She looked so tiny as she climbed the steps to the red brick building for her first day of school. Her dishwater blonde ponytails bobbed and danced beneath blue ribbons which matched the ruffled dress she wore. She was elated; I had my doubts. After all, she was just a mere babe, not yet five years old.
We met the teacher, Mrs. LeBleu, who after making announcements about needing room mothers, announced the children were to stay another hour……..WITHOUT MOMS………. And that we should return at the appointed hour to pick up our darlings. Kelly knew no one other than Donna, our next door neighbor and her best friend.
I drove around town a while, thinking I should not leave her all alone, but knowing inside, this was my first step, not hers, to her growing up.
Arriving back at school at the appointed time, she jumped back into the car; ponytails once so carefully preened, all but out of the rubber bands. Ribbons, chosen especially for the day and carefully tied earlier were now hanging by a few mere strands of wispy hair. She was full of herself! She had met Donna there and had made some new friends.
Her excitement of the morning, what she needed for school, where her desk was, all made her babble on without once taking a breath. We had to go stock up on Big Chief notebooks and Crayola crayons. She also needed pencils; paste, scissors and the list went on and on!
“Know what I did today, Mom?” she asked as she fidgeted with her ruffles.
“No what, Kel?”
“I sang a song in class today!”
“You did what?” I asked not thinking this was my shy quiet daughter.
“Well, the teacher asked if anyone would like to sing a song for the class and nobody else would, so I did.”
I could hardly believe my ears. Here was my little munchkin, who I had been so worried about, in front of the entire class, entertaining all thirty-five of squirming, wiggling five and six year olds. My Kelly? I mean, she would barely speak to visitors in our own home. Where did all of shyness go?
From that day forward I knew she wasn’t nearly as inhibited as Mom thought. From that day I learned you don’t push her into doing things, unless she wants to do them anyway. From that day, I learned she would make it alright without Mom; but could Mom make it without Kelly.
I also learned she is like a beautifully wrapped birthday present…… you don’t know what’s inside; you just know it is something extremely special.
Step two of the growing up process took me quiet by surprise, as she proudly pranced into the kitchen one night as I was pouring cornbread batter into the pan to bake. She still wore ponytails, only now there were light brown and no longer sported ribbons. The ruffles and dress were now replaced by blue jeans, tennis shoes, and a shirt that was too large for her, or for that matter, her brother as well.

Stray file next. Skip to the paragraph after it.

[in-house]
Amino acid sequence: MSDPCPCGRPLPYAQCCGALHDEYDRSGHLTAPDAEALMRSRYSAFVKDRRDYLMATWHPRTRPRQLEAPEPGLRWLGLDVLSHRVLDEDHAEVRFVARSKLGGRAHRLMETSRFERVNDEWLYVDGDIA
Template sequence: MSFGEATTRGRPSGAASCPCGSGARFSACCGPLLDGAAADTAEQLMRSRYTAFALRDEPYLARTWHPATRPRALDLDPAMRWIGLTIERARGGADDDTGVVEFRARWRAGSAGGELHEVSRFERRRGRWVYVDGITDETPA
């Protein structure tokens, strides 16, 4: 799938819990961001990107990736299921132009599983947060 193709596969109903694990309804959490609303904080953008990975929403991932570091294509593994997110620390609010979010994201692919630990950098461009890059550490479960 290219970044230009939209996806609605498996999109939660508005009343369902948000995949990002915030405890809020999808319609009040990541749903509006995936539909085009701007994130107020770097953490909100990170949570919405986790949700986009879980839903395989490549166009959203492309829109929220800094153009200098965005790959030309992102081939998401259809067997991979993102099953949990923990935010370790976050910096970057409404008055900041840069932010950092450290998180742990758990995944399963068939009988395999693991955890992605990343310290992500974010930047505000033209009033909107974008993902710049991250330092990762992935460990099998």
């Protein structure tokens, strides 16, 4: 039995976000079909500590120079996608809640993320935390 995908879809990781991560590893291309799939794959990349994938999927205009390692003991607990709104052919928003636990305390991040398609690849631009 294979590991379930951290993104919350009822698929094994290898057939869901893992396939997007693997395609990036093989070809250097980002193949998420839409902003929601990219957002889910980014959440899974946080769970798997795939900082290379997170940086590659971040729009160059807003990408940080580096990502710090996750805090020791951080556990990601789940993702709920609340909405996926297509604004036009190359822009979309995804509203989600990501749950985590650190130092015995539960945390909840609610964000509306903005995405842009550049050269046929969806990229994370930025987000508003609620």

“Mom, I need a bra!” she proudly proclaimed with a meek smile that timidly showed her tinseled braced teeth.
I poured cornbread batter onto the over door and missed the pan completely!
Looking up at her in total disbelief of what had just fallen upon my ears, I was speechless. I couldn’t keep her the little girl who sold Browne cookies forever. I had been too busy running her to band practice, the orthodontist or slumber parties to even notice her budding maturity. However I did decide at that moment if she was old enough for a bra, she was old enough to make cornbread and promptly taught her how.
The next few years were filled with typical teenage disasters. Everyone else had three holes pierced in each ear and she only had two. She hated math. She needed a date for a special party. Her brother wouldn’t allow her to tag along on camping trips when it was clearly for males only. She did learn that while she liked the money of her after school job, being there on time was a drag. She also learned that all fifteen of her best friends could fit into her orange VW bug, complete with sunroof, without the police stopping her.
Once she tried to run away from home when she was sure her dad and I loved her brother the most. That myth was soon dissipated when I assured her that, in the words of my mom, I had sweated blood to give her life and what I said was the law! After a good swift spanking, that of course hurt me more than her, we unpacked her bags.
In many ways she was too “normal”. We never had to threaten nor beat her into oblivion to get her homework done. She never questioned a “no”; was always home on time from a date, and for the most part, helped with chores around the house without a confrontation. She was an honor student, an all-state band member, a class officer and won the “I Dare You” award at commencement exercises.
Then one night she came home early from a date with Scott, the tall skinny boy with an appetite not unlike a mother wolf with pups, who had been camping on our den couch for quite a while. She was sporting a new diamond engagement ring. No one cried. N one objected. No one threw the lanky kid with the enormous appetite out the door. She was truly happy; Scott, Don and I were too and on that night, he became our second son.
All of our lives have changed since she married in 1985. Her pony tails were replaced by short strands of silver; her smile is radiant (thanks to braces); she seldom wears ruffles much less leotards, She has two beautiful daughters and one grandson and Scott has loved and cherished her for all these years.
Since today is her birthday, I wish her love and happiness. She never ceases to amaze me! Every day I have with her is like opening a birthday gift.